Anne Therese Gennari is the co-founder of Role Models Management, an ethical modeling agency that represents mission-driven models. Brands who want their products and services to be represented by humans with a strong voice and point of view, not just a pretty face, are her clients.
With apparel being the second-most polluting industry behind oil, activism within the fashion industry is not just impactful, but also glamorous. As pop culture icons, models have the unique ability to influence culture. What they do, we all want to do. Where they are, we all want to be.
So despite historically being the silent face of a brand, the potential for models to change culture is limitless. We wanted to hear Anne Therese's thoughts on how making activism fashionable can help lead us to a post-consumerist society with higher values.
Above: Anne Therese is an avid hiker and camper.
Tell us a little about you. Where are you from? What do you like to do for fun?
I’m from southwest of Sweden, from a small town called Halmstad. I grew up by the ocean and have always felt a sense of sanity and healing when I’m close to the sea. To be honest, my absolute favorite thing to do for fun is to hike up in the mountains for hours on end - like, full days.
Nothing is more satisfying that putting one foot in front of the other, breathing in clean air, and occasionally stopping for a snack or animal spotting. However, living in NYC it’s hard to do this frequently, so I’ll have to settle for morning walks in Central Park for now — I am incredibly grateful to be living so close to the park!
I also love to read, cook, and be creative just for fun.
Above: Anne Therese is a frequent guest on podcasts and produces her own called Hey Change, focusing on positive and inspiring reactions to the climate crisis.
Who or what helped you rise above the idea that a model is just a face/body for hire, and embrace your influence on culture?
I started modeling with the idea that it would provide me with a platform where I could speak my voice, naive in my thoughts that this was how it worked. But thrown into the industry I soon learned that it was anything but, and I felt a huge disconnection from my mission.
I didn’t know change was coming but I had a sense that it was and I wanted to help nurture that change and be part of a new kind of industry. I thought that there must be other models out there feeling the same way, who wanted to use their voices and platforms to do good, and so the idea of an ethical modeling agency was born.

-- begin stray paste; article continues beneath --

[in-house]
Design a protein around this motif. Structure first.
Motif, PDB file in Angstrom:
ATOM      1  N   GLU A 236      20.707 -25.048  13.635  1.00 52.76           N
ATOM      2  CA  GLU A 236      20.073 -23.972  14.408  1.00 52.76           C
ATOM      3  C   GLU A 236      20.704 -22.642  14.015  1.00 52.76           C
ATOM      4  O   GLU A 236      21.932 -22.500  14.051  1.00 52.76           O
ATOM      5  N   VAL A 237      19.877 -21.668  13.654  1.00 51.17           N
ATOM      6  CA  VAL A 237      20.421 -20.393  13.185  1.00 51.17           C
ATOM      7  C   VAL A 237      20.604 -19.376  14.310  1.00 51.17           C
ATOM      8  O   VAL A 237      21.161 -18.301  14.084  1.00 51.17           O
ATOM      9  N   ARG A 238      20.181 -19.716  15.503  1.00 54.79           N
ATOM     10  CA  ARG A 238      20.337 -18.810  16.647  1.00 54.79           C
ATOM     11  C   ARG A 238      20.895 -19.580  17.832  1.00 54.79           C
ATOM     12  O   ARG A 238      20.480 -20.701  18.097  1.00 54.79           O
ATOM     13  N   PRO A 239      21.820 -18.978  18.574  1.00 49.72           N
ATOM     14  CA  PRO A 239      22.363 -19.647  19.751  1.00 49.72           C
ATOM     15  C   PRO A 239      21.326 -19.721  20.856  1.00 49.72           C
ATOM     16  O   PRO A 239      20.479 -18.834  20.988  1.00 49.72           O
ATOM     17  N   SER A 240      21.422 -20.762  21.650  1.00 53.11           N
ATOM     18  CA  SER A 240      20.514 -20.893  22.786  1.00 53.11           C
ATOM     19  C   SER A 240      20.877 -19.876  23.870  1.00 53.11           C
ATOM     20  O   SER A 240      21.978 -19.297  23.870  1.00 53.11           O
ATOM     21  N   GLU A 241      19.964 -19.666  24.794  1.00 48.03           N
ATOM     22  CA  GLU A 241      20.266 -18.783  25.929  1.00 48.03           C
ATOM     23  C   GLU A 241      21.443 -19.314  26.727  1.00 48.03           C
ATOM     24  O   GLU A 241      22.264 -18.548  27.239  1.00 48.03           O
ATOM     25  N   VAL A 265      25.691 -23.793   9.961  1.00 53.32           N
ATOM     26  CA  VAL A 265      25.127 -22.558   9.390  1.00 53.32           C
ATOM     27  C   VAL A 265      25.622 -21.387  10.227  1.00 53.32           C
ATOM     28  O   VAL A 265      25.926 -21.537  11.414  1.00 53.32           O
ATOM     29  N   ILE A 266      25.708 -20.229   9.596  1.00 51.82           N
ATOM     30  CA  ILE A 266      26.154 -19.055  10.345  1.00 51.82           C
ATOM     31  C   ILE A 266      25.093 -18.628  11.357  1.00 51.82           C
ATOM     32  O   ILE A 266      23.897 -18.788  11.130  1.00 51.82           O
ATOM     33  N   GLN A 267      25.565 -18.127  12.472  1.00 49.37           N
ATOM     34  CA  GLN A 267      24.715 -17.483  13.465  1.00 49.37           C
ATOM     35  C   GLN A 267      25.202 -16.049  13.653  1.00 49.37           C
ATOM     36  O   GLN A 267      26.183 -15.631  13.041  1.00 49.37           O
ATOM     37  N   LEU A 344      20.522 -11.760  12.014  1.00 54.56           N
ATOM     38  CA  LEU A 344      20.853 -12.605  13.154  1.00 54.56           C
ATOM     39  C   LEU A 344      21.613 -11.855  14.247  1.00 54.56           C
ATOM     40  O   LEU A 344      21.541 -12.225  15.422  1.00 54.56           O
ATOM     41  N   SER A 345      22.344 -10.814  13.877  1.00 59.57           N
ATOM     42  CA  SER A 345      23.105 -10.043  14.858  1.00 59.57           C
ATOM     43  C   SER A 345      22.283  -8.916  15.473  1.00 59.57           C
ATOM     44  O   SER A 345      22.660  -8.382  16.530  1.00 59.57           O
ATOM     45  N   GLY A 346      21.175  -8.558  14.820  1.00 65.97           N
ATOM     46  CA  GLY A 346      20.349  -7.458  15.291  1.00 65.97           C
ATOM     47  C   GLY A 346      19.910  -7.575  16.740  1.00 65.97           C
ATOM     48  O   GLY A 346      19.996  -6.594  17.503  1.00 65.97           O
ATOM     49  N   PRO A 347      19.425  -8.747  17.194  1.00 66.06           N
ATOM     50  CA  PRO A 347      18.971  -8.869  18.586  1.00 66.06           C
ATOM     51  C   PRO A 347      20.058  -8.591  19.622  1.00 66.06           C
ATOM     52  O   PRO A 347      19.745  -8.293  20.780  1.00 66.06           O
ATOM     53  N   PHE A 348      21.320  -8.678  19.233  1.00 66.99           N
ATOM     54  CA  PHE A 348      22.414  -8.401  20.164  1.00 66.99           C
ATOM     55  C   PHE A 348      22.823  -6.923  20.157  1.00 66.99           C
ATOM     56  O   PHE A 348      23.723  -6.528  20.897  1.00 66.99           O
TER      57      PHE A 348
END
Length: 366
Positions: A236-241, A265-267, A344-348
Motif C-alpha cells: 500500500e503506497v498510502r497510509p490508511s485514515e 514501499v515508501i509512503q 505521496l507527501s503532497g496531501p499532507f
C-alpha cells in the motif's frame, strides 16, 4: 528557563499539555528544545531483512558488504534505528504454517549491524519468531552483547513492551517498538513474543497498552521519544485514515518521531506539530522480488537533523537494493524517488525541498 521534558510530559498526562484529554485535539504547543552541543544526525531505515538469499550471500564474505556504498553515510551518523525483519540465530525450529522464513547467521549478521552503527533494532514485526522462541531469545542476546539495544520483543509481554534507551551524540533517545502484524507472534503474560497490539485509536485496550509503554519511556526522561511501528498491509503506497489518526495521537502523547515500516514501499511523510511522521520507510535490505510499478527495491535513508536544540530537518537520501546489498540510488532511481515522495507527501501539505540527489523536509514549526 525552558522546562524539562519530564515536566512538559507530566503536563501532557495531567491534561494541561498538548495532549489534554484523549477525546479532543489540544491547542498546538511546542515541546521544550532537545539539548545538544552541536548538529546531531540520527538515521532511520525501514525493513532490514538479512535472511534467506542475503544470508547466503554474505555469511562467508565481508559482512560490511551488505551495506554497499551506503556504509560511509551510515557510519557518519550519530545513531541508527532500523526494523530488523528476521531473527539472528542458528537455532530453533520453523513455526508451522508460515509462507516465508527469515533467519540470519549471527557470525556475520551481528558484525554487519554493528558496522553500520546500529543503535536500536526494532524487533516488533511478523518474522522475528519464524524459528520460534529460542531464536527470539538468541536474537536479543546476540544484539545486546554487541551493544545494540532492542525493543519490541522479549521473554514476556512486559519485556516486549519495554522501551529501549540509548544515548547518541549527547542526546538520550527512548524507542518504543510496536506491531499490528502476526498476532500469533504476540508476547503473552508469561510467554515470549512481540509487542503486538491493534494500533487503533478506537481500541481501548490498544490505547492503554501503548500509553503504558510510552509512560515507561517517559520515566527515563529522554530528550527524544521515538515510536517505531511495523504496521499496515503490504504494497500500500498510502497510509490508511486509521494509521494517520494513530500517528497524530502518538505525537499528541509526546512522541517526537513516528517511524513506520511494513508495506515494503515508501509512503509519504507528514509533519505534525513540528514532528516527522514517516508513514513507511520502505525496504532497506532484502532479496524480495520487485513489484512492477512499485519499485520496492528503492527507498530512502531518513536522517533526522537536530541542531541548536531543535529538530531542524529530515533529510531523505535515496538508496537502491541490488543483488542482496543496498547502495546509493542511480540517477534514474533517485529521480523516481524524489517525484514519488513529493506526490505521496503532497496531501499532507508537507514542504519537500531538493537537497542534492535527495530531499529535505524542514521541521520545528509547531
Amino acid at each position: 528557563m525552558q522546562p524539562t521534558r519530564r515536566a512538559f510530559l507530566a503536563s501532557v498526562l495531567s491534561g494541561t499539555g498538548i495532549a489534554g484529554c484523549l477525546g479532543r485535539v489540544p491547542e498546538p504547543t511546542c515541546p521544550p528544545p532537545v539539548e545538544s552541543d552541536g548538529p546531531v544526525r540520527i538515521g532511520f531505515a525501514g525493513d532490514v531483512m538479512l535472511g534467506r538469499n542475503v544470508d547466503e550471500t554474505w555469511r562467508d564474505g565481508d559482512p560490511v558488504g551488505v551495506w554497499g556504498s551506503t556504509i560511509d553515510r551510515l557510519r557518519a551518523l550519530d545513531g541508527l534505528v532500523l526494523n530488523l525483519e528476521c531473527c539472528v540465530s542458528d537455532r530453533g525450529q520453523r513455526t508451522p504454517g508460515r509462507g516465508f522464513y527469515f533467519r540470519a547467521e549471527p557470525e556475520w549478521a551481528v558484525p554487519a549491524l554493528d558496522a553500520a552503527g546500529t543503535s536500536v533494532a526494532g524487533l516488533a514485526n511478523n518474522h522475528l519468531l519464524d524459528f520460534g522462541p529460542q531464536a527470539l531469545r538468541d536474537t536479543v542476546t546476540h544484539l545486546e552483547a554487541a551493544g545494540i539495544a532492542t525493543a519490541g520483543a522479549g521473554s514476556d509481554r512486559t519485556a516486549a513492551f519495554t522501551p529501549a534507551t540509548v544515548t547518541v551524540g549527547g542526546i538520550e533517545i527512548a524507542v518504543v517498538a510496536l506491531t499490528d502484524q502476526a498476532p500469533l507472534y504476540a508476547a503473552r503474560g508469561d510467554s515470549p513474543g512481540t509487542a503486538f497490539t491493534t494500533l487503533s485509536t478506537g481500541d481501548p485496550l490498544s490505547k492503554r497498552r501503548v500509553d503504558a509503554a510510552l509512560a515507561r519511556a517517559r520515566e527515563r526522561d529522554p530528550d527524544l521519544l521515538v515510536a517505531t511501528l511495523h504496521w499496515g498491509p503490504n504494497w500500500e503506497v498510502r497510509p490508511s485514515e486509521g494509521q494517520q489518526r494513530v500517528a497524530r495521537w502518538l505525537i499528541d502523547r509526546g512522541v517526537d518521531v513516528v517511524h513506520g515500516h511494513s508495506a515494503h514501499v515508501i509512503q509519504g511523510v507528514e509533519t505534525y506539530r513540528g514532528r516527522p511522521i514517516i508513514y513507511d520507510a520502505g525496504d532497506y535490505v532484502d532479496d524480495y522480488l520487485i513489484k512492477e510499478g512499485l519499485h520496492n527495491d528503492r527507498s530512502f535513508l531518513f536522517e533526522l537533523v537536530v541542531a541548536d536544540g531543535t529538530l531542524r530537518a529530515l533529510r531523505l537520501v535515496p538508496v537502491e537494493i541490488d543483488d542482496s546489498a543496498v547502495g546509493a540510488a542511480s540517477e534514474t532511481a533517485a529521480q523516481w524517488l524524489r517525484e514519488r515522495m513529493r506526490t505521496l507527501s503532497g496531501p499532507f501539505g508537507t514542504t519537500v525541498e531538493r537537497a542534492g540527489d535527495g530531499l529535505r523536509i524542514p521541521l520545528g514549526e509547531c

Turned out I was right, and since our inception in 2017 we’ve met with and on-boarded a lot of mission driven, strong models who want to help better the world.
Above: Together with members of Model Mafia, a community of hundreds of activism-minded models, Anne Therese helped raise awareness for the 2019 youth climate strike months in advance of the international event. Framing it as an event not to be missed by anyone who's anyone helped fashion lovers discover their inner activist.
Activism is having a moment where it's now trendy — how can we ensure it never goes out of style, especially with generational amnesia being a factor?
Great question! But I honestly don’t think activism will go out of style, not as long as we do it authentically and with intention. Activism brings joy and a sense of satisfaction, it’s like a rebel sanity that we’re out doing the change we want to see in the world. It’s the opposite of apathy, or amnesia if you will, and when we do things out of good, we feel good! And honestly, I don’t think anything that feels good will go out of style. I think (I hope) activism is here to stay!
Above: Anne Therese says, "I call myself a stubborn climate optimist because I truly believe that a world filled with mission driven, passionate human citizens can get this right."
People today tend to define themselves by what they consume — and often times it's exclusive products or experiences that are too expensive for the masses to buy that have the most cache. How do you envision fashion and pop culture will look in a less-consumerist world where we have embraced higher values?
We currently define ourselves by what we consume because that is what pop culture, marketing firms, and brands have wanted us to do. We are brought up in a world where consumerism means status and acceptance, where having more and newer things is considered “cool”. However, as awareness grows and change is more or less forced upon us, that will all be flipped on its head. I believe we will soon face a time where it’s actually cool to have lesser and better things, and where recirculation of goods is the new norm. I don’t think we can fully comprehend what we’re in for here, but it’s going to be a huge paradigm shift and everything is about to take a new form. I’m known to be a stubborn climate optimist and that is exactly the outlook I have for the future - I stubbornly believe that we can all change, and that we will find ourselves having a great deal of fun doing so!
Thanks to Anne Therese for sharing her story with us. Follow her @annetheresegennari